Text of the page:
Participants were followed over 12 consecutive weeks during which study visits were conducted at 2–4 week intervals. A phone assessment was conducted at Week 2 to determine safety and tolerability. At Weeks 4, 8, and 12, clinical visits were conducted for pharmacokinetics (PK), pharmacodynamics (PD) biofluid sampling, and safety assessments with additional clinical assessments to evaluate secondary outcomes, described below.

31P-MRS scans were performed prior to initiation of treatment at the baseline visit and at end of study, which was scheduled to occur at week 12. A third scan was performed on participants in the REPAIR-MS trial after 6 weeks of drug withdrawal (from Week 12 to Week 18).

Beginning with the baseline visit, participants had ECG, safety labs, concomitant medication assessments, physical exams, treatment emergent adverse event assessments, scoring of Movement Disorder Society-Sponsored Revision of the Unified Parkinson’s Disease Rating Scale (MDS-UPDRS) for participants with PD and scoring of Expanded Disability Rating Scale (EDSS) for participants with MS, patient global impression of change and severity (PGI-C, PGI-S), clinician global impression of change and severity (CGI-C, CGI-S), and the Columbia suicide severity rating scale (C-SSRS) assessments performed at each visit until completion of their participation. For the time-and-event schedules for REPAIR-PD and REPAIR-MS, please see Supplemental Tables S3 and S4, respectively. MedDRA Version 22.0 was used for treatment emergent adverse event reporting.


Participants took the assigned dose of CNM-Au8 once daily for at least 12 weeks. Study investigators and participants were blinded to the dose of CNM-Au8 selected by the sponsor, which could range from 7.5 mg to 60 mg CNM-Au8; the blind will be maintained until another companion cohort of the REPAIR-MS trial in non-active progressive multiple sclerosis, which is currently underway, is completed.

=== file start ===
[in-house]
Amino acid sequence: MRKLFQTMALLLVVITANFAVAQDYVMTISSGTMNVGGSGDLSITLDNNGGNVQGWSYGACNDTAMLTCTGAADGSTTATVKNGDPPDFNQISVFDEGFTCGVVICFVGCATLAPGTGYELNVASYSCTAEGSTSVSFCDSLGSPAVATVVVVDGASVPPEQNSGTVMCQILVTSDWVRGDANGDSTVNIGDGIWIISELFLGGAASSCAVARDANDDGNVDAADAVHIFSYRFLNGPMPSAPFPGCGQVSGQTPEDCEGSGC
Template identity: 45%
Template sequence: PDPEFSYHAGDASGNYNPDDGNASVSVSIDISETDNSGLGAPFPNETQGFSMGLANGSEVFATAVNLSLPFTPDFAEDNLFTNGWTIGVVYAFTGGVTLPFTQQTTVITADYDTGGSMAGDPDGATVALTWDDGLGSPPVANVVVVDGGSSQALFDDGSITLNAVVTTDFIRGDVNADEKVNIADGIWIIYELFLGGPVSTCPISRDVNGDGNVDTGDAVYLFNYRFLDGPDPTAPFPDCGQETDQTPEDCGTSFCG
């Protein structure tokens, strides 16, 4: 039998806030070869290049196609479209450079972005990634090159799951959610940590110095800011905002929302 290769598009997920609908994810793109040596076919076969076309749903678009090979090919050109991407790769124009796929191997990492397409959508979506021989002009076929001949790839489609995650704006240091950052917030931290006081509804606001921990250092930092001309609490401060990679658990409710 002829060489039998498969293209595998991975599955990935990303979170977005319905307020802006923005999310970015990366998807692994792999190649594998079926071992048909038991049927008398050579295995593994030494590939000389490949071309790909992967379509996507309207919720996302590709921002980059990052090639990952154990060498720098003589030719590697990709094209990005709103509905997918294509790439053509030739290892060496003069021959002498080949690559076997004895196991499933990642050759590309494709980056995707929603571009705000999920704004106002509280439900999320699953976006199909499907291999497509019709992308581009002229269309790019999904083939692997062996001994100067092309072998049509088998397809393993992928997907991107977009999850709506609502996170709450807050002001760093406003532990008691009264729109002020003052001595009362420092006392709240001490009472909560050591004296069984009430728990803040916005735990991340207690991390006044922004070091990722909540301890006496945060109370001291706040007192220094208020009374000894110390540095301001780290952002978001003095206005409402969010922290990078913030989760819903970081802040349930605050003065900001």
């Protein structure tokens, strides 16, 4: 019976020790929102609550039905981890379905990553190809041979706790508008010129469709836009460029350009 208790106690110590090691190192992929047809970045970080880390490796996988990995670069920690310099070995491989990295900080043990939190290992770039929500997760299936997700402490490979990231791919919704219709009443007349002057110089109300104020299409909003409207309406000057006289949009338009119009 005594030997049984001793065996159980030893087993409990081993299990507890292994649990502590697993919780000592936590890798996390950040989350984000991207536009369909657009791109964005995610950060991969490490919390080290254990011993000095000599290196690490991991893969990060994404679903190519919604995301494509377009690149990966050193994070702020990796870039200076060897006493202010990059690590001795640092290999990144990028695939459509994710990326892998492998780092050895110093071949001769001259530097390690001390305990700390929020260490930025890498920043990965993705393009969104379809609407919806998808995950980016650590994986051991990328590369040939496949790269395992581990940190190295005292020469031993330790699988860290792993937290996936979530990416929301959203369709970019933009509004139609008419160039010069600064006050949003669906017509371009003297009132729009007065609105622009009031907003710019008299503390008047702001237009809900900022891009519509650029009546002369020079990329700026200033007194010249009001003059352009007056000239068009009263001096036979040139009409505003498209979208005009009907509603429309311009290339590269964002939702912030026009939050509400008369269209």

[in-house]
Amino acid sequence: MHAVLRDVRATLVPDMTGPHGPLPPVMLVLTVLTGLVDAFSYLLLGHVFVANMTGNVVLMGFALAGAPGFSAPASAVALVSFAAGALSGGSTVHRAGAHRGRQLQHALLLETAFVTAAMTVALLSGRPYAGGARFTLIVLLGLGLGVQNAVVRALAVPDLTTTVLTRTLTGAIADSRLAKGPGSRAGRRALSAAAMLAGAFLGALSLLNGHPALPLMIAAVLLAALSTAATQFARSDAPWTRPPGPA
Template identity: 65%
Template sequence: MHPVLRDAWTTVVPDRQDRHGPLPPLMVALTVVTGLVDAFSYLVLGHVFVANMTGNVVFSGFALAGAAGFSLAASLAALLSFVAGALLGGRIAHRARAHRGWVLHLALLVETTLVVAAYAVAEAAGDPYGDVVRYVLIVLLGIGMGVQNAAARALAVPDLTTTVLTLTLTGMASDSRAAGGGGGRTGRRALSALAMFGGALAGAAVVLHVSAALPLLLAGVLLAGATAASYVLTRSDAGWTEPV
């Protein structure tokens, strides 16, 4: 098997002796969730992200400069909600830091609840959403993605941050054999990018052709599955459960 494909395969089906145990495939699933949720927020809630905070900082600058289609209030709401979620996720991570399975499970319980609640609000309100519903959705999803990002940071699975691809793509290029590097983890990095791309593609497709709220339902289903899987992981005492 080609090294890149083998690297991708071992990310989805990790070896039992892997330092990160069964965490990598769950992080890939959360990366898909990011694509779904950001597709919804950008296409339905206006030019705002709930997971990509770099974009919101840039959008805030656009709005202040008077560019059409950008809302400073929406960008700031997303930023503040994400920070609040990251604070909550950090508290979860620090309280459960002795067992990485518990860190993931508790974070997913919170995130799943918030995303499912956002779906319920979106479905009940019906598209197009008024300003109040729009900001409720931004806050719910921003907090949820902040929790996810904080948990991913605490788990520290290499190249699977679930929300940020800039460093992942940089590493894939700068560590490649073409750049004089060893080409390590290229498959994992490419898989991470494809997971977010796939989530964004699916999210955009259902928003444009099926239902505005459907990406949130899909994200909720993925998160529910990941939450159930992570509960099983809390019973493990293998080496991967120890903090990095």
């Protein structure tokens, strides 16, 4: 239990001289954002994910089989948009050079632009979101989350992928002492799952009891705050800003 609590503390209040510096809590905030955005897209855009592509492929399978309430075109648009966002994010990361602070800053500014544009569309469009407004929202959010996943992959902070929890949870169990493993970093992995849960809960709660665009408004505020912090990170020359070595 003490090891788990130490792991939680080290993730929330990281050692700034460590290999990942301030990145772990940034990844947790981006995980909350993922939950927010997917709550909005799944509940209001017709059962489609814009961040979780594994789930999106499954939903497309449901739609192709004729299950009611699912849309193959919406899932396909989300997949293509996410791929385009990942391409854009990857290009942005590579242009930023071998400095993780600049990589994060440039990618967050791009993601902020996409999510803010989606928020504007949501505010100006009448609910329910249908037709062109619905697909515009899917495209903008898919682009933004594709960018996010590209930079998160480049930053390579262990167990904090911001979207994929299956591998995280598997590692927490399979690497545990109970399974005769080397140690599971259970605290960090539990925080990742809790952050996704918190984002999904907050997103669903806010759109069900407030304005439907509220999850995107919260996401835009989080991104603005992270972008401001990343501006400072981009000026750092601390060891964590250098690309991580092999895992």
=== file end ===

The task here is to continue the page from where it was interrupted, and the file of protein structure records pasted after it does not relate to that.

Protocol deviation due to Covid-19

Due to administrative suspension of in-person research visits at UT Southwestern in the Spring of 2020 during the COVID-19 pandemic, several patients continued treatment with the study drug for longer than the originally planned 12 weeks. Some study visit data that required an in-person visit was missing due to the COVID-19 related research suspension, but all participants had baseline and end-of-study primary and secondary outcome imaging assessments performed per protocol once in-person imaging was allowed. The end-of-study imaging assessment was performed 12–16 weeks post-baseline for all but two participants, one in REPAIR-PD (end-of-study imaging performed at 25 weeks) and one in REPAIR-MS (end-of-study imaging performed at 20 weeks).

Imaging protocol and data processing

31P-MRS scans were performed at the baseline and Week 12 visits. Because some Week 12 31P-MRS scans were delayed due to COVID-19 related research restrictions, they were considered as the Week 12 end of study imaging scan, irrespective of the actual timing.

For all scans, participants were positioned head-first and supine in a human 7T MRI scanner (Achieva, Philips Healthcare, Best, The Netherlands), operated at 120.6 MHz for 31P resonance, and located at the Advanced Imaging Research Center, UT Southwestern. The back of the head was positioned in the center of the detection radiofrequency (RF) coils (see below for details). Cushioned pads provided comfort and helped to secure the positioning of the head to reduce potential movement throughout the collection of data. Participants were reminded to remain awake during the collection of the 31P-MRS scan and with patient consent, body weights were added as needed to reduce body movement.